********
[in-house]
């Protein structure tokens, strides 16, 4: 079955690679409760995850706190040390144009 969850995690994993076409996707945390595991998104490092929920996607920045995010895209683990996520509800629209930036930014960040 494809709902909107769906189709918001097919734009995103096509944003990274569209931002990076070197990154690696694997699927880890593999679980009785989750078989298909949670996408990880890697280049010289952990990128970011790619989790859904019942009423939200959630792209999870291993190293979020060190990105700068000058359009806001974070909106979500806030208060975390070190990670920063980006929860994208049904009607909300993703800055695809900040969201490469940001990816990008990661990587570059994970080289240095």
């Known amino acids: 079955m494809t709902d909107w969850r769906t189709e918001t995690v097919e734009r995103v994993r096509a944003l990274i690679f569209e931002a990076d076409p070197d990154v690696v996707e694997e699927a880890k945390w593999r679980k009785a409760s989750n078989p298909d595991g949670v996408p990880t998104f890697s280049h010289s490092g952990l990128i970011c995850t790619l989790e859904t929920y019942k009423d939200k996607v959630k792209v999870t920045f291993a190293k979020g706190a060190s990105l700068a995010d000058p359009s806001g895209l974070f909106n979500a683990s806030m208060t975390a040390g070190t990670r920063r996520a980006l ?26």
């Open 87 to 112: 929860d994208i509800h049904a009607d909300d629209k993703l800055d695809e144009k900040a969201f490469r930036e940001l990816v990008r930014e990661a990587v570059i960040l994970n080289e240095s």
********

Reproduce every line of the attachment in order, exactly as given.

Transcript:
[in-house]
């Protein structure tokens, strides 16, 4: 079955690679409760995850706190040390144009 969850995690994993076409996707945390595991998104490092929920996607920045995010895209683990996520509800629209930036930014960040 494809709902909107769906189709918001097919734009995103096509944003990274569209931002990076070197990154690696694997699927880890593999679980009785989750078989298909949670996408990880890697280049010289952990990128970011790619989790859904019942009423939200959630792209999870291993190293979020060190990105700068000058359009806001974070909106979500806030208060975390070190990670920063980006929860994208049904009607909300993703800055695809900040969201490469940001990816990008990661990587570059994970080289240095």
């Known amino acids: 079955m494809t709902d909107w969850r769906t189709e918001t995690v097919e734009r995103v994993r096509a944003l990274i690679f569209e931002a990076d076409p070197d990154v690696v996707e694997e699927a880890k945390w593999r679980k009785a409760s989750n078989p298909d595991g949670v996408p990880t998104f890697s280049h010289s490092g952990l990128i970011c995850t790619l989790e859904t929920y019942k009423d939200k996607v959630k792209v999870t920045f291993a190293k979020g706190a060190s990105l700068a995010d000058p359009s806001g895209l974070f909106n979500a683990s806030m208060t975390a040390g070190t990670r920063r996520a980006l ?26």
């Open 87 to 112: 929860d994208i509800h049904a009607d909300d629209k993703l800055d695809e144009k900040a969201f490469r930036e940001l990816v990008r930014e990661a990587v570059i960040l994970n080289e240095s």